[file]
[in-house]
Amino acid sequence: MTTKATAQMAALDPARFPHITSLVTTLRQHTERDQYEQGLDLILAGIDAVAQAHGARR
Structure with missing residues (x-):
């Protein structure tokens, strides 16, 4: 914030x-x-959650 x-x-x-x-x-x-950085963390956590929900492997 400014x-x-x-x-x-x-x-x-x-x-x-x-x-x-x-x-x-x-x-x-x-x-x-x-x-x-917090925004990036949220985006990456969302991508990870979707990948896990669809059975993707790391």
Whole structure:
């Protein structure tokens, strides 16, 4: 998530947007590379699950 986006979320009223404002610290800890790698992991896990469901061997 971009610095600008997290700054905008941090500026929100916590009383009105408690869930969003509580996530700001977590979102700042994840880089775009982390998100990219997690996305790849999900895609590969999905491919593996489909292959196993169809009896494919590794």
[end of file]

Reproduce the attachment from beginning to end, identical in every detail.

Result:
[in-house]
Amino acid sequence: MTTKATAQMAALDPARFPHITSLVTTLRQHTERDQYEQGLDLILAGIDAVAQAHGARR
Structure with missing residues (x-):
């Protein structure tokens, strides 16, 4: 914030x-x-959650 x-x-x-x-x-x-950085963390956590929900492997 400014x-x-x-x-x-x-x-x-x-x-x-x-x-x-x-x-x-x-x-x-x-x-x-x-x-x-917090925004990036949220985006990456969302991508990870979707990948896990669809059975993707790391």
Whole structure:
């Protein structure tokens, strides 16, 4: 998530947007590379699950 986006979320009223404002610290800890790698992991896990469901061997 971009610095600008997290700054905008941090500026929100916590009383009105408690869930969003509580996530700001977590979102700042994840880089775009982390998100990219997690996305790849999900895609590969999905491919593996489909292959196993169809009896494919590794």